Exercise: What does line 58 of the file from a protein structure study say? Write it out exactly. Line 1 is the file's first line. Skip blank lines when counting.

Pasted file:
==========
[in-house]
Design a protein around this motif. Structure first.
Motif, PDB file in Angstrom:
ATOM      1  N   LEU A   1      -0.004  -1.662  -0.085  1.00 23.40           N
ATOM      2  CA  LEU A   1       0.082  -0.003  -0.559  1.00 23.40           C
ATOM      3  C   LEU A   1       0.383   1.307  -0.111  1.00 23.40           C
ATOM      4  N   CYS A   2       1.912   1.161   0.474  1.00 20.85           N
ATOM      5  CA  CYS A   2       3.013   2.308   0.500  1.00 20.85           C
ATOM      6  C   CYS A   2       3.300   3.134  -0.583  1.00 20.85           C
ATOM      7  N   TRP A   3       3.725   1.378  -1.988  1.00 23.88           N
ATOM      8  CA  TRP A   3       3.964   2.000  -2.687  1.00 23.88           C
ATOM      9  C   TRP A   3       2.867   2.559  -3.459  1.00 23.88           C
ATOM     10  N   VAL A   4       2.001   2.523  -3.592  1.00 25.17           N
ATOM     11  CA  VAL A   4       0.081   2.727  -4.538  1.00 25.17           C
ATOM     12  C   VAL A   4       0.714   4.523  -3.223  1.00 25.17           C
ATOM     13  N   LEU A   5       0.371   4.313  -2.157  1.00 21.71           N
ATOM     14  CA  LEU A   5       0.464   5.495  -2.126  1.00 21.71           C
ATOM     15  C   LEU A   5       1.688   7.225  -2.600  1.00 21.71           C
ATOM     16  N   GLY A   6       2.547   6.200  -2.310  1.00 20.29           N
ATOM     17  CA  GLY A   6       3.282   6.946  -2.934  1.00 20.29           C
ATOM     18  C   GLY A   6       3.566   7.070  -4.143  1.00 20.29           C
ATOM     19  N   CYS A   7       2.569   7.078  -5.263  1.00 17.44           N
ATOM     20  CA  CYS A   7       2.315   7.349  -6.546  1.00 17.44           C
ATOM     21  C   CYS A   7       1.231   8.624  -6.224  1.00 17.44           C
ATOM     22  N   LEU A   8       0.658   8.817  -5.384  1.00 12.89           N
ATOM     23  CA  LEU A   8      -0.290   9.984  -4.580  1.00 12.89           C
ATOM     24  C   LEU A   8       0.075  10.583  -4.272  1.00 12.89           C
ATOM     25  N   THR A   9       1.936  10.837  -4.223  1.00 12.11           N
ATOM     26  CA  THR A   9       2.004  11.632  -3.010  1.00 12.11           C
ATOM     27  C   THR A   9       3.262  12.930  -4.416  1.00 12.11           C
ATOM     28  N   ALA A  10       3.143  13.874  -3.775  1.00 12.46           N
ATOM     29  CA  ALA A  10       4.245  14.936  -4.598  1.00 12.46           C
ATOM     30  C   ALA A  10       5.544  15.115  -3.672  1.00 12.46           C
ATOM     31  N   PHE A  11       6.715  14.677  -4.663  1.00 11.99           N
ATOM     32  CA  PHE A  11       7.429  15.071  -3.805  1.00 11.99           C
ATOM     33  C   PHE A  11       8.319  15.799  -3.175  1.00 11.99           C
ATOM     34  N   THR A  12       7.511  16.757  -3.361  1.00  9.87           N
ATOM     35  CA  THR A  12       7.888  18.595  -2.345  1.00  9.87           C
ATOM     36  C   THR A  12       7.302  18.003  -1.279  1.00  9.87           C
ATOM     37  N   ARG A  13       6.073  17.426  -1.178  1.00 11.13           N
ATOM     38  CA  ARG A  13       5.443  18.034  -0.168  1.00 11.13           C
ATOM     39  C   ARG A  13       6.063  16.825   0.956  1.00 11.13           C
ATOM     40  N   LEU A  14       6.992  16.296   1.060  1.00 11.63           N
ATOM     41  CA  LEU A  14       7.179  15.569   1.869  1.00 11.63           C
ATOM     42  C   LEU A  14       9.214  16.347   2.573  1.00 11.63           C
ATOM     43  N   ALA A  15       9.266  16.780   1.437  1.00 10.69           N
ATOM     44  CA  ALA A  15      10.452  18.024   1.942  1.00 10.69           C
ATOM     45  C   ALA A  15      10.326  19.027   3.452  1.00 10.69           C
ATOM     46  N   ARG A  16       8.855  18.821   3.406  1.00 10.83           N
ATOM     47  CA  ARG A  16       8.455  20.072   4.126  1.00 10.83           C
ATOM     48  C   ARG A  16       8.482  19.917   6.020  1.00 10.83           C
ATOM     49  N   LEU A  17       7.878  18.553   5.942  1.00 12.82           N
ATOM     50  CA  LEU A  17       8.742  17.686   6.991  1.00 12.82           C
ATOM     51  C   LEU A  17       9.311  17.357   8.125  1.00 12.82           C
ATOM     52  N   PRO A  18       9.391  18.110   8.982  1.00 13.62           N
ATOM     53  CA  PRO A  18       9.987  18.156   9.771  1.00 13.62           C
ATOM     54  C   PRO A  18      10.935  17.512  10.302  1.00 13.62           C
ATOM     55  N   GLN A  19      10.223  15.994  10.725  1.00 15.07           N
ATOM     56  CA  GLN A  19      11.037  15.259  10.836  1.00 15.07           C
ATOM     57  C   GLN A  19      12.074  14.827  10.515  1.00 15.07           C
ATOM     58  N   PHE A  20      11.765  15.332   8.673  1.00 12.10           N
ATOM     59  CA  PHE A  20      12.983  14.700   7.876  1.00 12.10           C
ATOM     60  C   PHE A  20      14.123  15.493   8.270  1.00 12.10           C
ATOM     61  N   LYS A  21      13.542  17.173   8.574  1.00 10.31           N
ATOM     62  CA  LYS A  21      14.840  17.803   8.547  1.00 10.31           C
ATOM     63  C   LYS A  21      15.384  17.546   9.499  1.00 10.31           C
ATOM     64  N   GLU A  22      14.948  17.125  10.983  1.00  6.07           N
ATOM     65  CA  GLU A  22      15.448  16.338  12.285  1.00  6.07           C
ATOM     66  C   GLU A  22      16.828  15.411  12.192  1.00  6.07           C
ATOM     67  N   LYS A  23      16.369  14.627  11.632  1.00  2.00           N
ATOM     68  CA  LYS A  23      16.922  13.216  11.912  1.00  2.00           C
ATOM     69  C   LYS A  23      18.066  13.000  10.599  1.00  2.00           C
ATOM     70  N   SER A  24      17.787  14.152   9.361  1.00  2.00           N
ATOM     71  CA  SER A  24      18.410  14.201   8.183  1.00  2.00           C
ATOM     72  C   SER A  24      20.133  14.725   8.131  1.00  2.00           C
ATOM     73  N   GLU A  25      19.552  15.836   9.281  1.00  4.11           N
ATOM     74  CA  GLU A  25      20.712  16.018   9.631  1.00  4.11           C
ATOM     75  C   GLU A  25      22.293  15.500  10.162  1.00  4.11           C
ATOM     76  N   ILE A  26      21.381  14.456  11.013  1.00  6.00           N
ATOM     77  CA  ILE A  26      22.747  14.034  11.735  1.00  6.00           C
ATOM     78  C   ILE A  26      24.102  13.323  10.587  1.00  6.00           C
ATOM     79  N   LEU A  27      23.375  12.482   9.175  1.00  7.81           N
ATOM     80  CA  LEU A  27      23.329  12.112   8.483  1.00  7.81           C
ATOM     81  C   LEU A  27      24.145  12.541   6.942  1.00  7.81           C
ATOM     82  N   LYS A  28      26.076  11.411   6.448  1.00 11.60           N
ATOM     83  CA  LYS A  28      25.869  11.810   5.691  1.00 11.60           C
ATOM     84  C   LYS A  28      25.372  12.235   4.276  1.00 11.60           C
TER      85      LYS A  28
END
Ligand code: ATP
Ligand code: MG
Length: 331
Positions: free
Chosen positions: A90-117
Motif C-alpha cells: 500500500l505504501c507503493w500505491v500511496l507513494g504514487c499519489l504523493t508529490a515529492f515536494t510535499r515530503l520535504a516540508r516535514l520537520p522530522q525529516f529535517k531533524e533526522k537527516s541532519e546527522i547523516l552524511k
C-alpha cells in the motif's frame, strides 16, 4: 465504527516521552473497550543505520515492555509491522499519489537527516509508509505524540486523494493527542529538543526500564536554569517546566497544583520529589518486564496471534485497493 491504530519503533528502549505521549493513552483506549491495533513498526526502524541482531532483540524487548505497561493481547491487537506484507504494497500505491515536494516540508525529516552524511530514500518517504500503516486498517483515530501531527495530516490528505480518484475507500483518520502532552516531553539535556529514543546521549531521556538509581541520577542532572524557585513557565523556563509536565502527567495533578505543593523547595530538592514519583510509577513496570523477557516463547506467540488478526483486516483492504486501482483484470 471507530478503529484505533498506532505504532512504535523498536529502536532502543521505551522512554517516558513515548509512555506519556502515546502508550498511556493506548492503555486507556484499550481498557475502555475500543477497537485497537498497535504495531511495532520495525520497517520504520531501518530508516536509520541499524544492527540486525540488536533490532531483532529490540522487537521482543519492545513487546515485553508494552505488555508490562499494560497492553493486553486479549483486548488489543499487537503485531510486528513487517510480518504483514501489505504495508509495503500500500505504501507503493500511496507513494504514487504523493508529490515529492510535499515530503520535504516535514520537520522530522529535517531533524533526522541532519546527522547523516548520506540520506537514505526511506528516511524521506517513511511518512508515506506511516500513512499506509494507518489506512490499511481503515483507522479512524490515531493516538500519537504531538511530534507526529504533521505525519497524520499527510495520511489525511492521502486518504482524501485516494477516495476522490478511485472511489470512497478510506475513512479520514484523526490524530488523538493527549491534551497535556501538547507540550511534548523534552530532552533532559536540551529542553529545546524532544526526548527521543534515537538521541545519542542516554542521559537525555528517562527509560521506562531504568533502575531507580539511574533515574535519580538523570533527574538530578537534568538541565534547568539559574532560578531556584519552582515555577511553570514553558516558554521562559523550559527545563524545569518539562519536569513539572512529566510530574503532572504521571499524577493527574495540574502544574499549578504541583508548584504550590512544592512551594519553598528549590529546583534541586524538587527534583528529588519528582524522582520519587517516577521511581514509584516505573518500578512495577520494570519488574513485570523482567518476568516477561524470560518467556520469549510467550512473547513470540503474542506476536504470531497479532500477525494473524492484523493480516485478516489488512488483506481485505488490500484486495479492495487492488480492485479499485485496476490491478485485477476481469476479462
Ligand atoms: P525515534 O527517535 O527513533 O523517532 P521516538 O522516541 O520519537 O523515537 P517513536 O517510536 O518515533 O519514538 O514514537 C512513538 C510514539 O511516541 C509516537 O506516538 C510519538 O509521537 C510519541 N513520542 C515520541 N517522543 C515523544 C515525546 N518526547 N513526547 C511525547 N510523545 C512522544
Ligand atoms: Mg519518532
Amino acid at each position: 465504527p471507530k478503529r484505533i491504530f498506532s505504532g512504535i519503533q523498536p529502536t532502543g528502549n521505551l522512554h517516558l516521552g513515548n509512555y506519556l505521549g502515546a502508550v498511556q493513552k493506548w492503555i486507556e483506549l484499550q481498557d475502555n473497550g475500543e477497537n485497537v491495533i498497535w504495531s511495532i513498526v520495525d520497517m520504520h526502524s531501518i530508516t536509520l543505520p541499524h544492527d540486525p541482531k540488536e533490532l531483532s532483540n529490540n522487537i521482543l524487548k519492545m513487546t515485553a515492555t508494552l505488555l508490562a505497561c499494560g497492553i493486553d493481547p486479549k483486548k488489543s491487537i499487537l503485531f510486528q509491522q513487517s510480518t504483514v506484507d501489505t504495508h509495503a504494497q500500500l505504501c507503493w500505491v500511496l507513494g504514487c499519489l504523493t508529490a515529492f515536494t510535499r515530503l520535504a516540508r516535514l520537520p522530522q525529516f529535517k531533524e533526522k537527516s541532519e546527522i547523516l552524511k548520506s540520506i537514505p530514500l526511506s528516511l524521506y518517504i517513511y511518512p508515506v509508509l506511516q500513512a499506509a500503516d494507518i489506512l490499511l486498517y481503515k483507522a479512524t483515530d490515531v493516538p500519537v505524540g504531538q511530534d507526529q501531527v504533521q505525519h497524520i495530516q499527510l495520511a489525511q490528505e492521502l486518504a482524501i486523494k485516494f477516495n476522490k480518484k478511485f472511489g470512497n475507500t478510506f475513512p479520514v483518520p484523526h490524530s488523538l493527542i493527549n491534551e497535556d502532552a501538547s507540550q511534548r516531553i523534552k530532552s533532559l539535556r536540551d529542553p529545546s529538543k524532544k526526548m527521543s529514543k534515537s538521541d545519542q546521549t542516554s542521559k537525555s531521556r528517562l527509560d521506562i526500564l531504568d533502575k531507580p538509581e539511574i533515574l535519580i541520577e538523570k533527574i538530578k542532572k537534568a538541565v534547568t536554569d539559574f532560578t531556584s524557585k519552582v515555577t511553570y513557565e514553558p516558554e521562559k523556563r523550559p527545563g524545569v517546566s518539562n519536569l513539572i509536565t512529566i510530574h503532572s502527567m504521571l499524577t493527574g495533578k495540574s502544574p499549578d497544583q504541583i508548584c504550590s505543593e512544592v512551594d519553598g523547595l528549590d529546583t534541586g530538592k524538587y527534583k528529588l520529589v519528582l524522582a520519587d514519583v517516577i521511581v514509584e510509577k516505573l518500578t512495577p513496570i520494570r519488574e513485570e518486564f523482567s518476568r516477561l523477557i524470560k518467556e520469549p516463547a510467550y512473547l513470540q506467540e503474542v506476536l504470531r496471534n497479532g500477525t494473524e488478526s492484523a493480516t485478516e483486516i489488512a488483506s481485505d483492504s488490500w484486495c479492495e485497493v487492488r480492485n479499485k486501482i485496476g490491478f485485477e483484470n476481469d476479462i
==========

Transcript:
ATOM     55  N   GLN A  19      10.223  15.994  10.725  1.00 15.07           N